The Met Police are facing criticism for failing to prevent Sarah Everard’s murder, as Wayne Couzens is finally brought to justice for a series of earlier flashing incidents
The Metropolitan Police have faced criticism for failing to prevent Sarah Everard’s murder, as Wayne Couzens was finally brought to justice for a series of earlier flashing incidents.
Ex-officer Couzens, 50, was supposed to be on duty and working from home when he exposed himself to a female cyclist in a country lane in Kent in November 2020.
He went on to expose himself to female attendants at a McDonald’s drive-through in Swanley, Kent, twice in February 2021 – the last incident just days before he snatched Ms Everard, 33, in south London.
Couzens pleaded guilty to three charges of indecent exposure, with three further counts to lie on court file.
On Monday, Ms Everard’s mother Susan attended court by video-link as Couzens, who is already serving a whole-life sentence, was handed 19 months for the sexual offences.
During the Old Bailey hearing, Couzens’ victims questioned whether Ms Everard could have been saved if police had arrested him for indecent exposure sooner.
The female cyclist said: “Four months after you exposed yourself to me, you raped and murdered an innocent woman.
“There were opportunities to identify you and they were not taken. I did not feel that, when I reported your crime, it was taken as seriously as I felt that it should have been.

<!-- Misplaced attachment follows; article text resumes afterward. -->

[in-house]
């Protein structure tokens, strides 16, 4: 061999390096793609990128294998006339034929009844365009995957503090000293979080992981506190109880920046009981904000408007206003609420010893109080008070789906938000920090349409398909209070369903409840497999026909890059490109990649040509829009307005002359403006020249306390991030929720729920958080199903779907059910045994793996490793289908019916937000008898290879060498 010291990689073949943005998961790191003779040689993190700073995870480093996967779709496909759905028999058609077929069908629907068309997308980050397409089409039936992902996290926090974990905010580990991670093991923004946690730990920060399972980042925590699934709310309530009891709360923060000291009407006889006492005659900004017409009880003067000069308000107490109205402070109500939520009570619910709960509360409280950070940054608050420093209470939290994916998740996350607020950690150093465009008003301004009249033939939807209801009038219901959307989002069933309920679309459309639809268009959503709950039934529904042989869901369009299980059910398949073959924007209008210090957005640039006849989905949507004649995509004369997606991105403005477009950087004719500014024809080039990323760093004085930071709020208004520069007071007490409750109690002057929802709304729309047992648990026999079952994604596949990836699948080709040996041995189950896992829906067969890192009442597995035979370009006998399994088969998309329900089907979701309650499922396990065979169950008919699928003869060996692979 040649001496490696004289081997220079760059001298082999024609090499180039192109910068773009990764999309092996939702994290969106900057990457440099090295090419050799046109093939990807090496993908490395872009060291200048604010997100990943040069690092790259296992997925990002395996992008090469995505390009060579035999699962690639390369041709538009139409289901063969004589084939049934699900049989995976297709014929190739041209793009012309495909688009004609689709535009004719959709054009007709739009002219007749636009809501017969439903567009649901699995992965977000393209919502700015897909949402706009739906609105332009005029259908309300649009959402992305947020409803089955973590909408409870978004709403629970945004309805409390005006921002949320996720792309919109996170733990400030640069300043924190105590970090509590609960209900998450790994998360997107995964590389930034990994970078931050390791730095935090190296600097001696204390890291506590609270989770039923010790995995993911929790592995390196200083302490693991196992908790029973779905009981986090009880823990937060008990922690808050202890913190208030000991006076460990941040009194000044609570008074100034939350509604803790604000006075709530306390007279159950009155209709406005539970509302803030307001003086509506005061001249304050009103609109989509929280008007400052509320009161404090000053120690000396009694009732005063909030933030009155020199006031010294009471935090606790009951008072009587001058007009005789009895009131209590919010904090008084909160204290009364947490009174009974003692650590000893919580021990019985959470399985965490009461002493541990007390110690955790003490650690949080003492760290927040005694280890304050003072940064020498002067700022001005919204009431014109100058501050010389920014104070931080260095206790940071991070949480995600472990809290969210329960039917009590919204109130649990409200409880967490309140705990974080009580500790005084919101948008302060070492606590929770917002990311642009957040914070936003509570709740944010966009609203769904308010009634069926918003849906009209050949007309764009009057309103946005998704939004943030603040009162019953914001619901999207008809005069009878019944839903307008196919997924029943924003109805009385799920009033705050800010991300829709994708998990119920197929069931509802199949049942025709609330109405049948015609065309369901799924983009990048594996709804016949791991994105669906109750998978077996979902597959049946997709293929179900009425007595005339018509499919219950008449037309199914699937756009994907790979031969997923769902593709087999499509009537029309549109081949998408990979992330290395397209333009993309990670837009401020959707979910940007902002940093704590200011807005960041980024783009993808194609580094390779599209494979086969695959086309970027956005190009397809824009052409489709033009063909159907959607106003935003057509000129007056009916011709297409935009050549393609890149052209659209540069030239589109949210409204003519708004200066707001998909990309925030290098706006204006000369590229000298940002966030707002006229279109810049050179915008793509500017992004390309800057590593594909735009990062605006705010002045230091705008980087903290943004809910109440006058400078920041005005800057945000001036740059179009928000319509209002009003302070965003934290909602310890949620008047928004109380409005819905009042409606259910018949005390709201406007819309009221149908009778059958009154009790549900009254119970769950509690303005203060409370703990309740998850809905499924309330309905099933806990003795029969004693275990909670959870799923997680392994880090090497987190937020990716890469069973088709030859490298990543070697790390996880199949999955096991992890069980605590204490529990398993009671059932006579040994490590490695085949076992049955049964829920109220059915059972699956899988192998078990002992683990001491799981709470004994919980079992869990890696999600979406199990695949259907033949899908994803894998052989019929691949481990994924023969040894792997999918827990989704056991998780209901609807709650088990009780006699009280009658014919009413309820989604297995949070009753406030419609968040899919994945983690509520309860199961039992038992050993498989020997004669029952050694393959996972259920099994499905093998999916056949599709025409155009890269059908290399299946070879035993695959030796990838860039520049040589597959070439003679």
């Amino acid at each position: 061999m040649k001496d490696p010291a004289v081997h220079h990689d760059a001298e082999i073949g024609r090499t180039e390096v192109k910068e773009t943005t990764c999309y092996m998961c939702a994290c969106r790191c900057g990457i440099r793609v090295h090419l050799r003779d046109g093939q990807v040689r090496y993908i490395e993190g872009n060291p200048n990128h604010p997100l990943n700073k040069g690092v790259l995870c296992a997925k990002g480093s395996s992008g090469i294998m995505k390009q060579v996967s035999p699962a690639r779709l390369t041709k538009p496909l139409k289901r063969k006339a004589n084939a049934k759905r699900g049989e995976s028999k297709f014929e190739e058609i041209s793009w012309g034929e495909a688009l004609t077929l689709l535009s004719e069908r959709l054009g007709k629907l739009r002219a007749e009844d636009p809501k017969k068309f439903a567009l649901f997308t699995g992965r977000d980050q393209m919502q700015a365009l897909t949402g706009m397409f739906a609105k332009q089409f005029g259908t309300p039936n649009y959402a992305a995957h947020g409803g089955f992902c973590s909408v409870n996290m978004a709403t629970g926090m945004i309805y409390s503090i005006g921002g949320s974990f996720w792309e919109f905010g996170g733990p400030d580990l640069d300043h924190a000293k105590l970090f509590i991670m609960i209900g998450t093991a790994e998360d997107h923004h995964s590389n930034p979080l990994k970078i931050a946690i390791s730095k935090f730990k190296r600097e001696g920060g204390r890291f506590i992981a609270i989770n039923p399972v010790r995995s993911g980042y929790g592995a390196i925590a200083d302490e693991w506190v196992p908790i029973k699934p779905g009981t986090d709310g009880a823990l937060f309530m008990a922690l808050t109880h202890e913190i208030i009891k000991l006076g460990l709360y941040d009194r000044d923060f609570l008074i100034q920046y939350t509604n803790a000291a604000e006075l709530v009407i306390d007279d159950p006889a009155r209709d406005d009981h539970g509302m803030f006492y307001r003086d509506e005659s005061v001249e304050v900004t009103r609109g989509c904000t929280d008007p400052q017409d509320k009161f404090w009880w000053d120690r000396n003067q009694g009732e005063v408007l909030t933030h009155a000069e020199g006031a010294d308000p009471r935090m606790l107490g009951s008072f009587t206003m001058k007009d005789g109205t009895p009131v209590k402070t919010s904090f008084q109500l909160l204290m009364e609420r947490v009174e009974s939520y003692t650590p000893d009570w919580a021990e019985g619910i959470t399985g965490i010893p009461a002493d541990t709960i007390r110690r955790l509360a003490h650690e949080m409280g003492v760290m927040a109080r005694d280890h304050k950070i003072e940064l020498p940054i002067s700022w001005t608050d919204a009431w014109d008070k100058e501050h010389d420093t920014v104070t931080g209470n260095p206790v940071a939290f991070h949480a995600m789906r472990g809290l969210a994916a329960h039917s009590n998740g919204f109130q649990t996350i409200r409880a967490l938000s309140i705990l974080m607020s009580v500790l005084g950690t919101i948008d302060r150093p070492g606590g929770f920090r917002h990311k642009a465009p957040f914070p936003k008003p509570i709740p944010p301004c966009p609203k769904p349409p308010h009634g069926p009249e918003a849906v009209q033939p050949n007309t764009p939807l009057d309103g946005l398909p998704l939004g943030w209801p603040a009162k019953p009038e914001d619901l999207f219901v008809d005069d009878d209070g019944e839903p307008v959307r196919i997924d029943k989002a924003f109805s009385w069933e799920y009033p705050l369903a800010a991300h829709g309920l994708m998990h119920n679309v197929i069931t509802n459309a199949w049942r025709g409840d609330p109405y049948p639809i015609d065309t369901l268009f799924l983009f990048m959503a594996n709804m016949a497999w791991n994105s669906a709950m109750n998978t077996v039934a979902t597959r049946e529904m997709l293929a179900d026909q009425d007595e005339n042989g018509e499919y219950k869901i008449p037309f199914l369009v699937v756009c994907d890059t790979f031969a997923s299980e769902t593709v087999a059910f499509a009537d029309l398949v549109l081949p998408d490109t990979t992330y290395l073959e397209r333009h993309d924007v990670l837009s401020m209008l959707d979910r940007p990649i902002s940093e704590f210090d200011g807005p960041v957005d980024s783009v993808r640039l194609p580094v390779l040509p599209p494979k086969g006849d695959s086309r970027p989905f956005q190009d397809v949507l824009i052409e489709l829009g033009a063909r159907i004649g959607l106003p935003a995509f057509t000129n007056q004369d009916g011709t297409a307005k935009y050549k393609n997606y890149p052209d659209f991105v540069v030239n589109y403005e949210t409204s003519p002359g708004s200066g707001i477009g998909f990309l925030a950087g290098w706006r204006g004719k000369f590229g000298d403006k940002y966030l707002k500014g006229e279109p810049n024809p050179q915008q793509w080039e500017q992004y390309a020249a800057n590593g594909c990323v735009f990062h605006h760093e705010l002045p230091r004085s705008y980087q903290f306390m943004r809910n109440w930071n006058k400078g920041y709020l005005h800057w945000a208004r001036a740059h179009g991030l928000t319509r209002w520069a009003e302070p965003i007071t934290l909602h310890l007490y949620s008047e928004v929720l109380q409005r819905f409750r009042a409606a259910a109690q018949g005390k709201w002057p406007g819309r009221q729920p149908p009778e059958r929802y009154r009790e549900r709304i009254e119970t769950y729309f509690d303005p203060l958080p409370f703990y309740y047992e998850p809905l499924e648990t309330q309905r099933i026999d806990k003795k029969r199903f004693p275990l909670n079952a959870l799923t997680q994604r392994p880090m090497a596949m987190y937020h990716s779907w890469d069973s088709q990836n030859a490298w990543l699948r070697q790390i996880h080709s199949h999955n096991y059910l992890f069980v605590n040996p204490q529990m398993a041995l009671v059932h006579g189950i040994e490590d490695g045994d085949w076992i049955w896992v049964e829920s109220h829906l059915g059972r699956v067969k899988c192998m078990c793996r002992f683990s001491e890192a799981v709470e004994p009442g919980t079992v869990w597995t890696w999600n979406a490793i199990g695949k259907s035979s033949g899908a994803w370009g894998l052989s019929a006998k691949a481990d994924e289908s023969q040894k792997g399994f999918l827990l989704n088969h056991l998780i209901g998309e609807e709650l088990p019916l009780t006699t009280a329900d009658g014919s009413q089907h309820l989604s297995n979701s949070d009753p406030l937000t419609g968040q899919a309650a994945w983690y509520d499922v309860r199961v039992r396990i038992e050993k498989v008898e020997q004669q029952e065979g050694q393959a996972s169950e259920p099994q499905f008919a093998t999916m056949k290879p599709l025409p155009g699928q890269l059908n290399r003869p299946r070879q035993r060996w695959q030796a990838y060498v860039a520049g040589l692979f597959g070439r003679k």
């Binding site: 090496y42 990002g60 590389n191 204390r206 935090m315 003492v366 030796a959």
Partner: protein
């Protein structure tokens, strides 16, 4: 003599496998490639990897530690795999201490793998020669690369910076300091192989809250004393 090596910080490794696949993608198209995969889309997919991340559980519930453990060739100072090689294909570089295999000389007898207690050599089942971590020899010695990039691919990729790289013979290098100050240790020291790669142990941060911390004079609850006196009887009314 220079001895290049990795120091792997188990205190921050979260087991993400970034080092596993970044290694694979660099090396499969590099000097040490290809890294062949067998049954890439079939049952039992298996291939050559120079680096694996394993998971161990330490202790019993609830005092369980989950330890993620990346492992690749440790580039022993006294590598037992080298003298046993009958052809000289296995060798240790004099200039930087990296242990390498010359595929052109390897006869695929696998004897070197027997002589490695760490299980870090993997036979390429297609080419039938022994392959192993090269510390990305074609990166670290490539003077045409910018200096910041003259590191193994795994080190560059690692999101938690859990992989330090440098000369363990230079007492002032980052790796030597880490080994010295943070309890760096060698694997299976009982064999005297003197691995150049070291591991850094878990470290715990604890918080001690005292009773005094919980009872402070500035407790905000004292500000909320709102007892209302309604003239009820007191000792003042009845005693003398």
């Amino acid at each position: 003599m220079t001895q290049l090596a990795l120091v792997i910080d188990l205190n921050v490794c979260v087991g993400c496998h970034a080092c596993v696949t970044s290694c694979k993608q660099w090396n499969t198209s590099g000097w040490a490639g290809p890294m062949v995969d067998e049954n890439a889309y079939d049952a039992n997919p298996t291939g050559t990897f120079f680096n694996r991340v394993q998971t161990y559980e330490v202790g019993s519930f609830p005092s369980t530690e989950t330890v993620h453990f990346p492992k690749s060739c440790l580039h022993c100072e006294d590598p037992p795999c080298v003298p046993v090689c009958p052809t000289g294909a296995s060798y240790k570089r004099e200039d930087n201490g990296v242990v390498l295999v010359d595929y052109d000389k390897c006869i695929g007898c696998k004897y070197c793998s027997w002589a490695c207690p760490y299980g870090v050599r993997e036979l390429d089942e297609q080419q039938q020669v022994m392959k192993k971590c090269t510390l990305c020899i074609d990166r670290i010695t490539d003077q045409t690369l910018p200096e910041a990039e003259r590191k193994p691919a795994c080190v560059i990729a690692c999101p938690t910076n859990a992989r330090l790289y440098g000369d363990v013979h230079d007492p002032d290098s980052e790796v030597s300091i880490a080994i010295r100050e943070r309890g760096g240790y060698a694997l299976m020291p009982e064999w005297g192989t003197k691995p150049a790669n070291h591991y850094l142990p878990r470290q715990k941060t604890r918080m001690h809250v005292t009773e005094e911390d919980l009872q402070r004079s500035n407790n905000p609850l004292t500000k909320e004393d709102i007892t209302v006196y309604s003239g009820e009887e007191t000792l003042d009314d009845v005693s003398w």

“The horror of what happened will remain with me for the rest of my life.”
A member of staff at McDonald’s said she became scared after learning what Couzens went on to do after he flashed at her.
She said: “I felt like that could have been me. I still think about this now.
“If he had been held accountable when we had reported the crime, we could have saved Sarah.”
Another victim wept in court as she described feeling “survivor’s guilt”, saying: “I could not help but feel relieved that it wasn’t me, or that it could have been me.
“I do not like to tar everyone with the same brush but it has been difficult not to do so after knowing what he did for a living and knowing I could have come across him in uniform and not known what he was capable of.”
Deputy Assistant Commissioner Stuart Cundy, who leads the Met’s Directorate of Professional Standards, apologised.
He said: “I have read the victim impact statements and it is clear to me the hurt and trauma that he inflicted on them.
“It is their courage that has been crucial in bringing him to justice and I am sorry for what they have gone through.
“Like so many, I wish he had been arrested for these offences before he went on to kidnap, rape and murder Sarah Everard and I am sorry that he wasn’t.”
Couzens, who appeared at the Old Bailey via video-link from Frankland Prison, gave no reaction as the victims’ statements were read in court.
In a televised sentencing, Mrs Justice May said it served as “public recognition” of the offences and the impact on the victims.
She said: “All have spoken of their sense of freedom and security taken from them, of feeling vulnerable and fearful for themselves and others going about their ordinary lives.